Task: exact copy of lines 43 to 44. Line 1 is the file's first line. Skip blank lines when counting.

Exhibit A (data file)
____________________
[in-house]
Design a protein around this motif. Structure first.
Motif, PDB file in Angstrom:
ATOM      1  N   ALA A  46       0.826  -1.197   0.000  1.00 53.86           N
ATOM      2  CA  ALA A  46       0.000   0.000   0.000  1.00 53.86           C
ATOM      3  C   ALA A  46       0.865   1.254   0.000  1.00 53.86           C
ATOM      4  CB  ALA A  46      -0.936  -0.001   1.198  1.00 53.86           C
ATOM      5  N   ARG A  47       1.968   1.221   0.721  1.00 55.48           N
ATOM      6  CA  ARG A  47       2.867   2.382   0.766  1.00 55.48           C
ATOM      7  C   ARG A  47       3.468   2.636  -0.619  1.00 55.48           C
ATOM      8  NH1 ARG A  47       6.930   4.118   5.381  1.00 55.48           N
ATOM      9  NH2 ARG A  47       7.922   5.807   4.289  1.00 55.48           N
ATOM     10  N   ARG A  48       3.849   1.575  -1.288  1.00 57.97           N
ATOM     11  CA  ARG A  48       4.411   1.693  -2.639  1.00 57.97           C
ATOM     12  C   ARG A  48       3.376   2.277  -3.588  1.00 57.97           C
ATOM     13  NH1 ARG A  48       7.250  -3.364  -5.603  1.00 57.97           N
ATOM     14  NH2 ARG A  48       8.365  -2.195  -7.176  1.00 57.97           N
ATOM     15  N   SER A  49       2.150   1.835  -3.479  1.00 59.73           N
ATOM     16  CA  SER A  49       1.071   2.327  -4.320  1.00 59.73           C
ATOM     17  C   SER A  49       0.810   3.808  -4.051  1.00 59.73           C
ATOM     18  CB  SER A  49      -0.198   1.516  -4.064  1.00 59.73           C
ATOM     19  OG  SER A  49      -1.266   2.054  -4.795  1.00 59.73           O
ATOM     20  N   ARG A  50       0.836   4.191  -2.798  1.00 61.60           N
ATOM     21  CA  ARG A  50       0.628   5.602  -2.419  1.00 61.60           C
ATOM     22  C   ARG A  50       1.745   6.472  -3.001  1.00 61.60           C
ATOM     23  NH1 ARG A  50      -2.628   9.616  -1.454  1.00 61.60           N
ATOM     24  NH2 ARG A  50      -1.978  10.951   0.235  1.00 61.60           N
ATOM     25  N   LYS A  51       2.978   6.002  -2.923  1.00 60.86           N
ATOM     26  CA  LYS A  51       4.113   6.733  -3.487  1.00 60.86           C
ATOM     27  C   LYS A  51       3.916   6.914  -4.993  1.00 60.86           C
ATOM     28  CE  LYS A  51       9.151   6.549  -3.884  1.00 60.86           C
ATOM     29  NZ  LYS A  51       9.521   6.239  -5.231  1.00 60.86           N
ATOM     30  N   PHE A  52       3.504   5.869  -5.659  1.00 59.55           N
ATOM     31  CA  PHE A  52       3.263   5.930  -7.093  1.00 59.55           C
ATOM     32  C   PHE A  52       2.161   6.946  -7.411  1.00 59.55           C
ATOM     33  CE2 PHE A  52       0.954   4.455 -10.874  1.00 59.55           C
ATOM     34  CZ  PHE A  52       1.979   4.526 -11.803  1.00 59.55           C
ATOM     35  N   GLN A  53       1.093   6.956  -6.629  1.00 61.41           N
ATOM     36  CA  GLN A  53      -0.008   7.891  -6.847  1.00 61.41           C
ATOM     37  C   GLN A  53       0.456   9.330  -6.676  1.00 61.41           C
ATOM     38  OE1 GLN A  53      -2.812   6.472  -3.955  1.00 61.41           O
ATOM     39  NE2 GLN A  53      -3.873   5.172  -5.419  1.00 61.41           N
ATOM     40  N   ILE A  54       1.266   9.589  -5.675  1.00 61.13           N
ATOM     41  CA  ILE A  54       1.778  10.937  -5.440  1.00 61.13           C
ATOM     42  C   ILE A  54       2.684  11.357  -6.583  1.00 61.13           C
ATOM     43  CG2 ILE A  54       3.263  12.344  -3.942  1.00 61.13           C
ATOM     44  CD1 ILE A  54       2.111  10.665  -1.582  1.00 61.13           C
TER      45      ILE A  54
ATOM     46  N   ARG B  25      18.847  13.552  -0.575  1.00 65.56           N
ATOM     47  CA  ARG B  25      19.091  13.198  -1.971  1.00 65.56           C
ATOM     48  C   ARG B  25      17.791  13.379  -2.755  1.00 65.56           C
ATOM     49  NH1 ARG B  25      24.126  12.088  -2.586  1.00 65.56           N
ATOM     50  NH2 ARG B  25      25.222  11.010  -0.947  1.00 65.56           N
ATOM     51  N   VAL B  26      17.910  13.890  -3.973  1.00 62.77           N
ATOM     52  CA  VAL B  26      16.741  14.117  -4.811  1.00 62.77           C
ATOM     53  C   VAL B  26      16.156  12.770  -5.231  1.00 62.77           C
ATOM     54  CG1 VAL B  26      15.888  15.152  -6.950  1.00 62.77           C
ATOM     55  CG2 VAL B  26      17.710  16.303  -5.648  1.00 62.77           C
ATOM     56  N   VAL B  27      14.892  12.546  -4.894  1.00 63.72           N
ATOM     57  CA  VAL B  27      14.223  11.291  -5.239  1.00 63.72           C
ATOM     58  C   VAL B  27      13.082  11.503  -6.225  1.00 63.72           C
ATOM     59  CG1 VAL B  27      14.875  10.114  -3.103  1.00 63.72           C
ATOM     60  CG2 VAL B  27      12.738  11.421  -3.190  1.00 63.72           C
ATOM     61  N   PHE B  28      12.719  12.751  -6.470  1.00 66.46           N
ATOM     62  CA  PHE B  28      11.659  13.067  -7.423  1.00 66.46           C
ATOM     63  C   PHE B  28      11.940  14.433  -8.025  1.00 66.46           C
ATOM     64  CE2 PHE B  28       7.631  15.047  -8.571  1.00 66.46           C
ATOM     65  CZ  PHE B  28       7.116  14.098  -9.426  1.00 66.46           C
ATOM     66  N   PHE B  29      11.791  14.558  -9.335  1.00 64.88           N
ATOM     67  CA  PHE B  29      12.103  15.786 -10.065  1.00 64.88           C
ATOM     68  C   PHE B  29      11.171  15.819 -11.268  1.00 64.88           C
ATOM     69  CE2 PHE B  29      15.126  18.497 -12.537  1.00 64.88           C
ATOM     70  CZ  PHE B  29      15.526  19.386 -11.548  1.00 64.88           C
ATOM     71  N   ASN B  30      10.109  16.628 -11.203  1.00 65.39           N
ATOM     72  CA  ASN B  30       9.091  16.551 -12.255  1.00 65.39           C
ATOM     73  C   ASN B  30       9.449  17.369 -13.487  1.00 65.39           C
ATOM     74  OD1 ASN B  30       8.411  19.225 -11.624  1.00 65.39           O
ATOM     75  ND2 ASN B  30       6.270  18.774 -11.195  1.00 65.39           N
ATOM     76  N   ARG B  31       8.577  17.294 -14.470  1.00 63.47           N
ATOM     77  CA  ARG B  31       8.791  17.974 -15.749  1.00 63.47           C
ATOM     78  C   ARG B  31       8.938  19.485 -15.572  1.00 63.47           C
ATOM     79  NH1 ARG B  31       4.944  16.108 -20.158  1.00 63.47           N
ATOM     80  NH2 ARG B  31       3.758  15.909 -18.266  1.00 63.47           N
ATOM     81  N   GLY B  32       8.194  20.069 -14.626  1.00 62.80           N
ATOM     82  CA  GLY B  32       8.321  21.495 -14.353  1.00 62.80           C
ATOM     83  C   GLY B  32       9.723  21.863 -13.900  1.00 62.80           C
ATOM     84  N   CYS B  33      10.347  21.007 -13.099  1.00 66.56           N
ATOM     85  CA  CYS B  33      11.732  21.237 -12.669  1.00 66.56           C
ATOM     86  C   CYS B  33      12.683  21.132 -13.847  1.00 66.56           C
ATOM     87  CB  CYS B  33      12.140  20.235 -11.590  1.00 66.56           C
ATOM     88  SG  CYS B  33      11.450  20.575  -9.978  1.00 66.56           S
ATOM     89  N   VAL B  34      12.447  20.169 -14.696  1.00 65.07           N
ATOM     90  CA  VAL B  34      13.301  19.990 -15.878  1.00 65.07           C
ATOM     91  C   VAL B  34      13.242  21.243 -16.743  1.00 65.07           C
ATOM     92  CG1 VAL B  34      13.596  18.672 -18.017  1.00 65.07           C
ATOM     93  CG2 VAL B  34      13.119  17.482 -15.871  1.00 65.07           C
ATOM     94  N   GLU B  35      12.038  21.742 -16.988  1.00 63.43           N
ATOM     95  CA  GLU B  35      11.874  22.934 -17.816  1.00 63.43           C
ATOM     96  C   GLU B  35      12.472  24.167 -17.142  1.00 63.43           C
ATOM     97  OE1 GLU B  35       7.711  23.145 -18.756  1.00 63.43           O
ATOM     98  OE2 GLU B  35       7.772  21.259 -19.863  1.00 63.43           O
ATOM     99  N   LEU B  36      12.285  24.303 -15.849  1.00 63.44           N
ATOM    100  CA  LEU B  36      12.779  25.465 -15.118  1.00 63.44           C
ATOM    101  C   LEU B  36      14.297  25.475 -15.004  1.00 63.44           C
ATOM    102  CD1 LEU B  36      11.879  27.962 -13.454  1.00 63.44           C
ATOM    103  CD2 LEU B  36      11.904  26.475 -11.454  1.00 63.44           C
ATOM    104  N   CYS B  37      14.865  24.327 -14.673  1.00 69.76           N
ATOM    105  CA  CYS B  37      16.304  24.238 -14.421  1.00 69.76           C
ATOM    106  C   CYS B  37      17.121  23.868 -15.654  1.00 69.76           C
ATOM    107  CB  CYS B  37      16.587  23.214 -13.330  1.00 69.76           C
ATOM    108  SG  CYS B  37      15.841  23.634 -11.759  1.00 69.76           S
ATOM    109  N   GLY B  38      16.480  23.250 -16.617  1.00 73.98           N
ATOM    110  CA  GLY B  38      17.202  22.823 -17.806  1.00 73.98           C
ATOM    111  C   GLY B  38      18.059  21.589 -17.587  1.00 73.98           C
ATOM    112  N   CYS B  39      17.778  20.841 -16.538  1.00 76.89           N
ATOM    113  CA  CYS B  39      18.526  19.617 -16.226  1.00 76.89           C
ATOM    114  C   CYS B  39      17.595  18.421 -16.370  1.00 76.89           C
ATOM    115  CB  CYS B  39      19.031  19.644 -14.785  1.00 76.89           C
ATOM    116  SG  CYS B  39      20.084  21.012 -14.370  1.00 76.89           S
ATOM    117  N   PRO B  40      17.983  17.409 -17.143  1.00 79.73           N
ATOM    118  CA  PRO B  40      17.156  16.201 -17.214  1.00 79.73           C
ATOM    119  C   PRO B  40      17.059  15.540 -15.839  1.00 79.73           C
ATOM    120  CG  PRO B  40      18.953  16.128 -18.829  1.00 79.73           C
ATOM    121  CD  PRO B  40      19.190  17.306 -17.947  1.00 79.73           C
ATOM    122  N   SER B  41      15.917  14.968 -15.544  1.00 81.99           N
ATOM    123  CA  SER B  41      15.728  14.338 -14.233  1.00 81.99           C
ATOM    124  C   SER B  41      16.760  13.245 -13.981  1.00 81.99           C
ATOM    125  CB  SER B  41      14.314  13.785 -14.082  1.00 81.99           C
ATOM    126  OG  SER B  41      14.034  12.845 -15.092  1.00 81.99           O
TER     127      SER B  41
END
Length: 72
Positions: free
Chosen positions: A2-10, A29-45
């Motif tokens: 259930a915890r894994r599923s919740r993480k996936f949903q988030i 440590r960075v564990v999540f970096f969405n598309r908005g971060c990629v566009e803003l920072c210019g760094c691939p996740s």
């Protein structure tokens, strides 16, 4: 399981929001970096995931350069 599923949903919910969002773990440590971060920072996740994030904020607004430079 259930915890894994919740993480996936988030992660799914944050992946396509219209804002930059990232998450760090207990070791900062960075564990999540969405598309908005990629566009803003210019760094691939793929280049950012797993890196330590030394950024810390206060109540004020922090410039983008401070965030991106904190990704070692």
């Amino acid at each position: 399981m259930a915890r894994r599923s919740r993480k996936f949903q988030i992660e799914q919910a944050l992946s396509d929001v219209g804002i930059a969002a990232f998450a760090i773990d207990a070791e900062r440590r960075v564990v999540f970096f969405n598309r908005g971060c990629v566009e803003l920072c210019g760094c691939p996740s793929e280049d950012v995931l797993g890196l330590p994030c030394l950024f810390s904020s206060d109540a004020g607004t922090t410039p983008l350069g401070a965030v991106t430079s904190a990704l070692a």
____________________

ATOM     40  N   ILE A  54       1.266   9.589  -5.675  1.00 61.13           N
ATOM     41  CA  ILE A  54       1.778  10.937  -5.440  1.00 61.13           C